Hainen v. Barragan-Scott et al
ORDER entered by Judge Nanette Laughrey. Alana Barragan-Scott's Motion to Dismiss [Doc. # 5] is GRANTED. Because the Court dismisses this case, Hainen's Motion for Judgment on the Pleadings [Doc. # 11] is DENIED as moot. (Kanies, Renea)
THE UNITED STATES DISTRICT COURT FOR THE WESTERN DISTRICT OF MISSOURI CENTRAL DIVISION ) ) ) Plaintiff, ) ) v. ) ) ALANA M. BARRAGAN-SCOTT, Acting Director of the Missouri Department ) ) of Revenue, ) ) Defendant. JOYCE HAINEN,
Case No. 09-4173-CV-C-NKL
ORDER Pending before the Court is a Motion to Dismiss filed by Defendant Alana BarraganScott ("Defendant") [Doc. # 5] and a Motion for Judgment on the Pleadings [Doc. # 11] filed by Plaintiff Joyce Hainen ("Hainen"). On August 26, 2009, Hainen, on her own behalf, filed a two-count Complaint against Alana Barragan-Scott, Director of the Missouri Department of Revenue,1 seeking damages for violation of the Family and Medical Leave Act ("FMLA"), 29 U.S.C. § 2601 et seq., for allegedly interfering with Hainen's rights to leave under the FMLA on account of her own illness. Hainen also alleges that Barragan-Scott violated her rights under 42 U.S.C. § 1983 by terminating her for utilizing and requesting medical leave
Hainen confusingly names the defendant in this case as "Defendant the State of Missouri, Alana Barragan-Scott, Director of Revenue, of the State of Missouri." [Doc. # 13]. She does not name multiple defendants, but consistently refers to this defendant in the singular. No where in her Complaint does Hainen assert that she is suing Barringer-Scott in her personal capacity. Accordingly, the Court interprets this language to mean Hainen is suing only Defendant Barragan-Scott in her official capacity as the Director of Revenue for the State of Missouri.
under the FMLA. For the reasons stated below, the Court grant's Defendant's Motion to Dismiss [Doc. # 5] and denies Plaintiff's Motion for Judgment on the Pleadings [Doc. # 11] as moot. I. Background The following facts are taken from Hainen's Amended Complaint [Doc. # 13] and are assumed true for purposes of this motion to dismiss. Hainen was employed as an attorney in the Legal Services Division of the Missouri Department of Revenue from June 1997 until her termination on August 31, 2007. Hainen alleges that on May 16, 2006, she submitted to her employer a request for leave pursuant to the FMLA, along with a certification by her physician, for medical treatment to be taken intermittently. On May 19, 2006, she was granted medical leave for a serious health condition from May 16 through June 15, 2006. Subsequently, Hainen received approval for intermittent leave from May 15, 2006 through May 15, 2007. On May 2, 2007, Hainen provided additional medical leave documentation. However, her employer sought additional information from Hainen's physician, which Hainen provided to her employer. On August 31, 2007, Hainen filed a request for FMLA leave related to her certification provided by her physician in May 2007 for treatment that was to begin in September. On this same date, Hainen was terminated from her employment. Defendant seeks dismissal of both counts alleged in Hainen's Complaint, asserting that she is entitled to sovereign immunity as a matter of law. II. Discussion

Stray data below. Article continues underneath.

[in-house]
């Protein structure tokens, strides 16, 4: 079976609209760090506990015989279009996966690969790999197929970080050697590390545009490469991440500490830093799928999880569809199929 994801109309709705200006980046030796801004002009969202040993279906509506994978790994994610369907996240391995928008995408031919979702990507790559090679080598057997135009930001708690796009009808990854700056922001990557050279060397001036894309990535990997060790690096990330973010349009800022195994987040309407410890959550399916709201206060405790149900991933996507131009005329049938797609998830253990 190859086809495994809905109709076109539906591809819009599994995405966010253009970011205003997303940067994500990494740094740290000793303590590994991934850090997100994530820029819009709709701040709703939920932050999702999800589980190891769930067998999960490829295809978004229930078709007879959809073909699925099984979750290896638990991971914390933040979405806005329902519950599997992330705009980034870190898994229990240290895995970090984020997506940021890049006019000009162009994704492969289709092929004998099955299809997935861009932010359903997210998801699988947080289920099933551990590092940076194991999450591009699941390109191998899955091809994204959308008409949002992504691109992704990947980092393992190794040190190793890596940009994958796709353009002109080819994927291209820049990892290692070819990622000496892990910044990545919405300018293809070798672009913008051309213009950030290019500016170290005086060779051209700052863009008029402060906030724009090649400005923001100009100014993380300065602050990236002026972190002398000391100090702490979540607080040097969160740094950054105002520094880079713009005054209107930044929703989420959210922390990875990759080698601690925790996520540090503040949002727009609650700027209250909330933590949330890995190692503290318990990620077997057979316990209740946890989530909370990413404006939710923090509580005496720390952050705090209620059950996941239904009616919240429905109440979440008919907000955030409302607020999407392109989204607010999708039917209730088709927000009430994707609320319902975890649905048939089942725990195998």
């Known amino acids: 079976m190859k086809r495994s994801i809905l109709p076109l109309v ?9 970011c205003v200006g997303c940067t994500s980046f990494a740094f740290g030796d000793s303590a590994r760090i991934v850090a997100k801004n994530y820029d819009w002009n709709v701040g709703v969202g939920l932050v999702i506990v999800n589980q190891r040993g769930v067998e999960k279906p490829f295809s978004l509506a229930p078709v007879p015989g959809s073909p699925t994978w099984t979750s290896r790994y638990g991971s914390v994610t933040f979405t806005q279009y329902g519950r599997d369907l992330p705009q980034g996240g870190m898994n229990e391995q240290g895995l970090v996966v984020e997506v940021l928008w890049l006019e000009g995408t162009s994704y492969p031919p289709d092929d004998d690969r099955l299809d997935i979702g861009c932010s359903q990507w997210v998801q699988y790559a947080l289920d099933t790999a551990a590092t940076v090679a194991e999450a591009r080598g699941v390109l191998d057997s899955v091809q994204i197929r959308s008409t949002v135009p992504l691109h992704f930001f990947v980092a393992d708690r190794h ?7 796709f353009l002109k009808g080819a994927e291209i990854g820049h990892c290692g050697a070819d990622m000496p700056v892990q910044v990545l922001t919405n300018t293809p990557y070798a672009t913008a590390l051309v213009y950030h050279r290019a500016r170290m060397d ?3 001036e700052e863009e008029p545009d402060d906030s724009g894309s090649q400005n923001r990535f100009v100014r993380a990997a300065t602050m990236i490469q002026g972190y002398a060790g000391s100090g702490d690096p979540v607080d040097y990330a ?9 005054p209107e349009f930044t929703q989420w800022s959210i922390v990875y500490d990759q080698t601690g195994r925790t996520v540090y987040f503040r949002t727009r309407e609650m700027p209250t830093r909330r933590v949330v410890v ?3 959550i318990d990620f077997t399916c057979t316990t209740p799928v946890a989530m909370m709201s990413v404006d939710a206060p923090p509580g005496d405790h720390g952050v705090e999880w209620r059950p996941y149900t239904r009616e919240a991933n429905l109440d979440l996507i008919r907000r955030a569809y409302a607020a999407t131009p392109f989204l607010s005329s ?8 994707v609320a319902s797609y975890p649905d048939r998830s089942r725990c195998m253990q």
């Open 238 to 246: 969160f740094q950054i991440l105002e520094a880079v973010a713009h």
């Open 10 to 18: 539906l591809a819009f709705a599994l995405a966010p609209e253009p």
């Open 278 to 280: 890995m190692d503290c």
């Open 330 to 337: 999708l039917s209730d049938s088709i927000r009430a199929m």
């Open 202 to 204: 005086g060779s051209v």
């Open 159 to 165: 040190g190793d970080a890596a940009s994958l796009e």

On a motion to dismiss, the Court construes the complaint liberally, in the light most favorable to the plaintiff. Eckert v. Titan Tire Corp., 514 F.3d 801, 806 (8th Cir. 2008). However, the Court need not accept as true legal conclusions in the Complaint. Ashcroft v. Iqbal, 556 U.S. ----, 129 S. Ct. 1937, 1949 (2009). A plaintiff must allege enough facts to "nudge" its claims "across the line from conceivable to plausible." Bell Atl. Corp. v. Twombly, 550 U.S. 544, 570 (2007). To determine whether a complaint states a claim for relief, a "context-specific" analysis is required and the reviewing court must "draw on its judicial experience and common sense." Ashcroft, 129 S. Ct. at 1950. A. FMLA Claim